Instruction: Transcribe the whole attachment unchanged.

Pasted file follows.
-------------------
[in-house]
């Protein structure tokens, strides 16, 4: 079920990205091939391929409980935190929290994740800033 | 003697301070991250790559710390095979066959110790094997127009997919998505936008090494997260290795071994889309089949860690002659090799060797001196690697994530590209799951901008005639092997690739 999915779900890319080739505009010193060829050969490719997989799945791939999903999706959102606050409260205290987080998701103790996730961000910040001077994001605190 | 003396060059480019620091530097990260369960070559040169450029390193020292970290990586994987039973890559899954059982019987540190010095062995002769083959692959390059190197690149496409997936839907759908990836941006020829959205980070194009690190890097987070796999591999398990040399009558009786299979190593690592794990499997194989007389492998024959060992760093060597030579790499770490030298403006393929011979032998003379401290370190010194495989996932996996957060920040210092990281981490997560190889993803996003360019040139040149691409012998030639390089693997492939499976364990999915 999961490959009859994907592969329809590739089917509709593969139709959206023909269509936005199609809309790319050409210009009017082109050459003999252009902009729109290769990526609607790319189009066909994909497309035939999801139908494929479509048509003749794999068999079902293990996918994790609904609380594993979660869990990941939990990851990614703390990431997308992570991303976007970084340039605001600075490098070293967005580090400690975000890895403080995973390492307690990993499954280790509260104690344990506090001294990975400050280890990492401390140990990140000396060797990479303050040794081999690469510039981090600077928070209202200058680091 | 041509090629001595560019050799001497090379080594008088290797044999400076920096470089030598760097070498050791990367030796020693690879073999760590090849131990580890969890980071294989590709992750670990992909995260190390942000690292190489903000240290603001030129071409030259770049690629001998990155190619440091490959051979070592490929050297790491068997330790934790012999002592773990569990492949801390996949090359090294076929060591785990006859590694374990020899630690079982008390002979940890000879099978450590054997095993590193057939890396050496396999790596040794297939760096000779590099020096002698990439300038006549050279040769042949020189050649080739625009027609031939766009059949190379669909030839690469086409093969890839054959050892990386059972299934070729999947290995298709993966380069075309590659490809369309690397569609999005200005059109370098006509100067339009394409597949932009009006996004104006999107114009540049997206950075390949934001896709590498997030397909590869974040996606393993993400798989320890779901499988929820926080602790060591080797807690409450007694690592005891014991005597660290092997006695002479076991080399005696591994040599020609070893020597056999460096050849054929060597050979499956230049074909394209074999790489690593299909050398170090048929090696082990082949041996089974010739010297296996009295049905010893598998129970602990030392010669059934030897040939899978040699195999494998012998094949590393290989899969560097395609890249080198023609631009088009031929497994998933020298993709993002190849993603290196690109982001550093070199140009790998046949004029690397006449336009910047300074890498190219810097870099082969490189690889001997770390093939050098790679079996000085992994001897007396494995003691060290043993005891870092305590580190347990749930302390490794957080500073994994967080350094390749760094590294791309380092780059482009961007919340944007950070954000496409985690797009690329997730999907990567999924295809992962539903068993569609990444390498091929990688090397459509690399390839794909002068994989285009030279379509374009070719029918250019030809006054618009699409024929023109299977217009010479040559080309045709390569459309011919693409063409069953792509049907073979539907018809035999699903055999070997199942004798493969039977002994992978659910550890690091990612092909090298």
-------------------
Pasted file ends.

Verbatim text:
[in-house]
């Protein structure tokens, strides 16, 4: 079920990205091939391929409980935190929290994740800033 | 003697301070991250790559710390095979066959110790094997127009997919998505936008090494997260290795071994889309089949860690002659090799060797001196690697994530590209799951901008005639092997690739 999915779900890319080739505009010193060829050969490719997989799945791939999903999706959102606050409260205290987080998701103790996730961000910040001077994001605190 | 003396060059480019620091530097990260369960070559040169450029390193020292970290990586994987039973890559899954059982019987540190010095062995002769083959692959390059190197690149496409997936839907759908990836941006020829959205980070194009690190890097987070796999591999398990040399009558009786299979190593690592794990499997194989007389492998024959060992760093060597030579790499770490030298403006393929011979032998003379401290370190010194495989996932996996957060920040210092990281981490997560190889993803996003360019040139040149691409012998030639390089693997492939499976364990999915 999961490959009859994907592969329809590739089917509709593969139709959206023909269509936005199609809309790319050409210009009017082109050459003999252009902009729109290769990526609607790319189009066909994909497309035939999801139908494929479509048509003749794999068999079902293990996918994790609904609380594993979660869990990941939990990851990614703390990431997308992570991303976007970084340039605001600075490098070293967005580090400690975000890895403080995973390492307690990993499954280790509260104690344990506090001294990975400050280890990492401390140990990140000396060797990479303050040794081999690469510039981090600077928070209202200058680091 | 041509090629001595560019050799001497090379080594008088290797044999400076920096470089030598760097070498050791990367030796020693690879073999760590090849131990580890969890980071294989590709992750670990992909995260190390942000690292190489903000240290603001030129071409030259770049690629001998990155190619440091490959051979070592490929050297790491068997330790934790012999002592773990569990492949801390996949090359090294076929060591785990006859590694374990020899630690079982008390002979940890000879099978450590054997095993590193057939890396050496396999790596040794297939760096000779590099020096002698990439300038006549050279040769042949020189050649080739625009027609031939766009059949190379669909030839690469086409093969890839054959050892990386059972299934070729999947290995298709993966380069075309590659490809369309690397569609999005200005059109370098006509100067339009394409597949932009009006996004104006999107114009540049997206950075390949934001896709590498997030397909590869974040996606393993993400798989320890779901499988929820926080602790060591080797807690409450007694690592005891014991005597660290092997006695002479076991080399005696591994040599020609070893020597056999460096050849054929060597050979499956230049074909394209074999790489690593299909050398170090048929090696082990082949041996089974010739010297296996009295049905010893598998129970602990030392010669059934030897040939899978040699195999494998012998094949590393290989899969560097395609890249080198023609631009088009031929497994998933020298993709993002190849993603290196690109982001550093070199140009790998046949004029690397006449336009910047300074890498190219810097870099082969490189690889001997770390093939050098790679079996000085992994001897007396494995003691060290043993005891870092305590580190347990749930302390490794957080500073994994967080350094390749760094590294791309380092780059482009961007919340944007950070954000496409985690797009690329997730999907990567999924295809992962539903068993569609990444390498091929990688090397459509690399390839794909002068994989285009030279379509374009070719029918250019030809006054618009699409024929023109299977217009010479040559080309045709390569459309011919693409063409069953792509049907073979539907018809035999699903055999070997199942004798493969039977002994992978659910550890690091990612092909090298």